According to information boards at the Petra visitor center, the Nabateans began to control water supplies across the 900,000 square mile expanse of the Arabian desert around 300BC – long before they established their capital at what was then known as Raqmu. Today, southern Jordan receives roughly 4 inches of rain every year. An Arab people, the Nabateans hid water cisterns throughout the desert, enabling them, if attacked for example, to retreat deep into otherwise formidable territory. As their numbers grew and they became more settled, the Nabateans worked with the landscape, “utilizing gradients, wadis and springs to their best advantage” to build a city that could sustain 20,000 people.
Inside Petra, the Nabateans’ engineering prowess is still on display. Walking through the Siq, a narrow two-kilometer-long gorge that was the official entrance to the original city, one can still see channels on either side of the towering rock walls that funneled rain and spring water to various points in the city and its suburbs. Cisterns and reservoirs were lined with waterproof cement to mitigate leaking and optimize water purity. “Their hydraulic engineering knowledge extended to understanding the geometry of water flow and pressure,” according to the Petra visitor center, “and use of gradients to minimize leakage and damage to pipes and maintain a constant supply of water throughout the year.”
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The city had five major aqueducts. The Siq aqueduct transferred water from a spring in Wadi Musa to Qasar al Bint. A dam and tunnel at the entrance of the Siq diverted flood waters (flash floods are common in the region), keeping residents safe and ensuring not a single drop of water went to waste. Perhaps the most significant symbol of the Nabateans’ superior water management is a large water fountain in the center of the city called the Nymphaeum. Named after the female nature spirits popular in classical mythology, the Nymphaeum mirrored similar Graeco-Roman structures – an enormous luxury in a desert. The fountain not only supplied drinking water, but acted as place for the community to rendezvous.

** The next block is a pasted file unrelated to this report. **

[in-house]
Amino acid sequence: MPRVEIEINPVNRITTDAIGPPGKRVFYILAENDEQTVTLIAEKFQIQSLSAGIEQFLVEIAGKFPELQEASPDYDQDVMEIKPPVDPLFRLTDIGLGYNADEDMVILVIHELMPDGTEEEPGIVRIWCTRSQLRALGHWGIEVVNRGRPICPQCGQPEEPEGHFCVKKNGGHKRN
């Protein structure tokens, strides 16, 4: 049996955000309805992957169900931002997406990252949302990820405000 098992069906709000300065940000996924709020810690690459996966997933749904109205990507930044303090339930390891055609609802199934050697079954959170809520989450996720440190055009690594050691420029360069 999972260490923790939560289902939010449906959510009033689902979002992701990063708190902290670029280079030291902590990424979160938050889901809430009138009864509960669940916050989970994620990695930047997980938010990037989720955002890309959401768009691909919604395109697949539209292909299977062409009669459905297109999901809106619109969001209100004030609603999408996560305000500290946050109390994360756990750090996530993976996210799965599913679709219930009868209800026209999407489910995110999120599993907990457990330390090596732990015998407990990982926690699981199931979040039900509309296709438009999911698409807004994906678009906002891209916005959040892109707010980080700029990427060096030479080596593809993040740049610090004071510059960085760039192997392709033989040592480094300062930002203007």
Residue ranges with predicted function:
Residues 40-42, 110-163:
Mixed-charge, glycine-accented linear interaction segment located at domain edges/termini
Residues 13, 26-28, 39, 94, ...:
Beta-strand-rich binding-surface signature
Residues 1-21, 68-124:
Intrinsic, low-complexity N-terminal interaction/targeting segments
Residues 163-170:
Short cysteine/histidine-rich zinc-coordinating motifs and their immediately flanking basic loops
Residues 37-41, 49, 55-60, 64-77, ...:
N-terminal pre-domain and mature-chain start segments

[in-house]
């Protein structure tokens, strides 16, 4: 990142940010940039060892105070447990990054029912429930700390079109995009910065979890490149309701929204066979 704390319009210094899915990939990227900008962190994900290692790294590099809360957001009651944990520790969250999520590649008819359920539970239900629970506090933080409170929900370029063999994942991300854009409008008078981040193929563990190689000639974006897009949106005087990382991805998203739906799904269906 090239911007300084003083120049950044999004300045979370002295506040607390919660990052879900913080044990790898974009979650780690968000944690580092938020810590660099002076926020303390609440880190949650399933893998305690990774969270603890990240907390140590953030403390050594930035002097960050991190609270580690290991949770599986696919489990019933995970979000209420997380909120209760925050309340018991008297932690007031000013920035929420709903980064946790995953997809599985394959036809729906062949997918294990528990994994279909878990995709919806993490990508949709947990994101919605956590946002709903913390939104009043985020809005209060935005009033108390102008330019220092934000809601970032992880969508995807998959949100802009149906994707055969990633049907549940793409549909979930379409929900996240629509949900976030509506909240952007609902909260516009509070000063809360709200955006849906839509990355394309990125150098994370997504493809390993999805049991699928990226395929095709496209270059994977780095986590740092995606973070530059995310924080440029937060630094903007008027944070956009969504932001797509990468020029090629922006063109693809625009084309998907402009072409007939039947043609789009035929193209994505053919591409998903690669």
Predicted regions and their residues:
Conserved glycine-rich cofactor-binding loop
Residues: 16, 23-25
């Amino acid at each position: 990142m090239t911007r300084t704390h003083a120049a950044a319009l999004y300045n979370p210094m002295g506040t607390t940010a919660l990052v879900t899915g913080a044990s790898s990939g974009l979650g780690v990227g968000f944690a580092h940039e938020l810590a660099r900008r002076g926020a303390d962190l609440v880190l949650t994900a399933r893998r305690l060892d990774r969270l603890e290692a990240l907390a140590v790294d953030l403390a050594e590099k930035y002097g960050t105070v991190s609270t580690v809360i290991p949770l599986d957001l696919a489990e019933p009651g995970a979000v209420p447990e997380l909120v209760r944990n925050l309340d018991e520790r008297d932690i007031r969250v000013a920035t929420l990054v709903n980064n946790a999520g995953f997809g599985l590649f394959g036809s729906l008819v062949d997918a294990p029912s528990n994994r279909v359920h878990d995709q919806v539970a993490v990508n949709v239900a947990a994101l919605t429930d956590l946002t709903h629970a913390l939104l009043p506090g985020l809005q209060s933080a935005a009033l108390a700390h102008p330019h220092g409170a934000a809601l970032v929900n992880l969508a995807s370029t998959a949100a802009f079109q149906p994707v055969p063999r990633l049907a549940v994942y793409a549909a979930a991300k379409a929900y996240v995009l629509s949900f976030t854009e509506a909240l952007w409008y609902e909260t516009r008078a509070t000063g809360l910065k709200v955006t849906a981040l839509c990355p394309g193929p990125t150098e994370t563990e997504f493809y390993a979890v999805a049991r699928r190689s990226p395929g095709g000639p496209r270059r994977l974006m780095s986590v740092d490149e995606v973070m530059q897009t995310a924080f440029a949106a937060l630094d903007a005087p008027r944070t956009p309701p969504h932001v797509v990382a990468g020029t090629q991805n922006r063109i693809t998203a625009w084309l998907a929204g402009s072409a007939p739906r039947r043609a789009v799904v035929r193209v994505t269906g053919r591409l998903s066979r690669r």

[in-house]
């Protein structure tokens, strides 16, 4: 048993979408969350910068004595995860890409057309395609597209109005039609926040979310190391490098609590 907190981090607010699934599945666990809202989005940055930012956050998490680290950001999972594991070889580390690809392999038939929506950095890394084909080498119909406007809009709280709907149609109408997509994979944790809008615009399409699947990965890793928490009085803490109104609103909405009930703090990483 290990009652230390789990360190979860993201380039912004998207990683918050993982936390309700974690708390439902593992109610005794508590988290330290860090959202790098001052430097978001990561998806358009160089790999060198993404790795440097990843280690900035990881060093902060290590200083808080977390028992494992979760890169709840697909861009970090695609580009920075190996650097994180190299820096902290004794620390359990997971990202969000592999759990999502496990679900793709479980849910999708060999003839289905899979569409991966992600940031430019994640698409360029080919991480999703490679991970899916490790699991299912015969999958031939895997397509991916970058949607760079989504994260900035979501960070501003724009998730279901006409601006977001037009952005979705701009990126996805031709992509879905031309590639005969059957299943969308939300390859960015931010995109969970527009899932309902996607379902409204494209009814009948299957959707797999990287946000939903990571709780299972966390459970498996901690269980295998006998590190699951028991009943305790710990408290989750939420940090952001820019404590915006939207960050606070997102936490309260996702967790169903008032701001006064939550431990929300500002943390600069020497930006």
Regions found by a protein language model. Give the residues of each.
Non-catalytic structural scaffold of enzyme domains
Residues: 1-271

Having control of water also meant the Nabateans could control their food supply. In addition to being able to take care of livestock, they built terraces into the hills, which weakened runoff and prevented erosion. They cultivated olives, figs, dates, pomegranates, and grains, and at least 40 rock-cut Nabatean wine presses discovered throughout the kingdom hint at the sweeping scale of grape and wine production. Having used their knowledge to develop dozens of oases with supplies for traders on the prodigious route stretching from Saudi Arabia to Gaza, which they controlled through a system of taxes and tolls, the Nabateans could focus their attention on the arts – a key indicator of a wealthy community.
“They loved beautiful things, as evident [sic] by the intricately carved tomb facades of various architectural styles. Several hundred tombs, houses, banquet halls, altars and niches were carved from the rock, in addition to the construction of a number of free-standing temples, homes and other features,” the information boards read. “The Nabateans also produced fine pottery and painted beautiful frescoes, very few of which remain unfortunately.”
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All photos by Tafline Laylin for Inhabitat